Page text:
7 Questions You Must Ask If You’re Considering Fixing Interest Rates


Is it time to lock in some or all of your loans into fixed rates?

Or is it too late?

Interest rates were at historic lows and clearly are on the way up now.

Interest Rates2

The Reserve Bank has made it clear they’re going to increase the official cash rate a few more times till they get inflation under control.

Starting lat last year the banks slowly increased their fixed interest loan rates and now variable rate loans are costing more.

This has led many investors and homeowners to reconsider the cost of one of their biggest expenses – their mortgage and many are looking to lock in their interest commitments, recognising they’ve already missed the bottom of the interest rate cycle.

So how do you decide what’s right for you?

And what do you need to consider to ensure you make an informed decision?

I don’t know how much higher “official”  interest rates are going to rise but the money market is factoring in significant further increases in rates.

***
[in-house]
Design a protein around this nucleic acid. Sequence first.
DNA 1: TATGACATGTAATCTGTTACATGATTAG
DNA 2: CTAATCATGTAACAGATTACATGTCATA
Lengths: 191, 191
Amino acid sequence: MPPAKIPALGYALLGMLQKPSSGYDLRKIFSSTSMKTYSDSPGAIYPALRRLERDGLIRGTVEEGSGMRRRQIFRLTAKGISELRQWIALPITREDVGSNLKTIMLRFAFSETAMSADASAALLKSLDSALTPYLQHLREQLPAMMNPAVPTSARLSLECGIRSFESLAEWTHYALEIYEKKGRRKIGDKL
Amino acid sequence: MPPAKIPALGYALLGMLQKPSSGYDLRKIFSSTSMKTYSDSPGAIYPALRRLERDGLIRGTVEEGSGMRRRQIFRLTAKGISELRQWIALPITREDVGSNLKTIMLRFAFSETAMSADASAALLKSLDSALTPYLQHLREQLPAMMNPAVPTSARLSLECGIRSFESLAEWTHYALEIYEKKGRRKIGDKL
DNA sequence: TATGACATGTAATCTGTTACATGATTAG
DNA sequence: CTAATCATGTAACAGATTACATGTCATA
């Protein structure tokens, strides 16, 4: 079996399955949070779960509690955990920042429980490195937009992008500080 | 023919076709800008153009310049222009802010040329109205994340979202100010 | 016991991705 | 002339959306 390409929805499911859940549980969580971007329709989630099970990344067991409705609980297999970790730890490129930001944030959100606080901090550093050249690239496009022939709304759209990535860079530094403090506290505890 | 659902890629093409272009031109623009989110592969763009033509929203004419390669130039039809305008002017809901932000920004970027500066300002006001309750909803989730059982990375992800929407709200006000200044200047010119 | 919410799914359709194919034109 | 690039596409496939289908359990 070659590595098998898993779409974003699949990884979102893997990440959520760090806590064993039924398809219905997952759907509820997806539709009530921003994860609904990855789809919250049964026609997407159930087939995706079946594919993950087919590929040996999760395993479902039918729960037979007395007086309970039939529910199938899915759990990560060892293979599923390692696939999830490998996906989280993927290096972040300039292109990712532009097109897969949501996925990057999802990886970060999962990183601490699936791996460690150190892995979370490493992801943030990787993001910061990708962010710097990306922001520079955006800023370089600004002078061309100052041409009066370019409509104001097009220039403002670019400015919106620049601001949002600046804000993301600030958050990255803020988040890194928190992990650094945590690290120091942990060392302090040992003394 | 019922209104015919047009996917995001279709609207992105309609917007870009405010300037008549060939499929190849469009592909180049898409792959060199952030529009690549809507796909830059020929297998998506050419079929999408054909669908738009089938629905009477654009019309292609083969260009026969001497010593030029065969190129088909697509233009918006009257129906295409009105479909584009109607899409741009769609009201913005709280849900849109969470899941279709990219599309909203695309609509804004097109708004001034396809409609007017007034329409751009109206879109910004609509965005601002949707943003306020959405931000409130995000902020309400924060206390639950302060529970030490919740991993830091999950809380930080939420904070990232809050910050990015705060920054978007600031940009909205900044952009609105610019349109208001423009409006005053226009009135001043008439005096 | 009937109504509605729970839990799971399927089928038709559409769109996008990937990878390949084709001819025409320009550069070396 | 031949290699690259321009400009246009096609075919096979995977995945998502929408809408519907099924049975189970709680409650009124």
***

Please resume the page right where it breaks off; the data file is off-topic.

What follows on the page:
Of course “locking into” a fixed rate home or investment loan gives you the advantage of knowing what your commitments will be for a predetermined period – the fixed term.

This could be a suitable strategy if you want certainty for your cash flow commitments – especially if you’re worried about your cash flow.

However, there are also disadvantages that you need to be aware of before you make a decision.

With this in mind…

Here are 7 questions you should ask yourself when considering whether to fix your loans

1. Will I want to sell my property during the fixed loan period?

If so there could be a penalty for breaking your loan commitment.

2. Will I want to access the equity in my property to invest further during the fixed period?

Often this will come at a cost that may be prohibitive.

3. Do I need an offset account?

An offset account is a transaction account linked to your loan.

Many borrowers put their savings into this account and the credit balance here is offset against your outstanding loan balance reducing the interest payable on that loan. Most fixed-rate loans do not allow an offset facility.

4. Can I make extra repayments on my loan?


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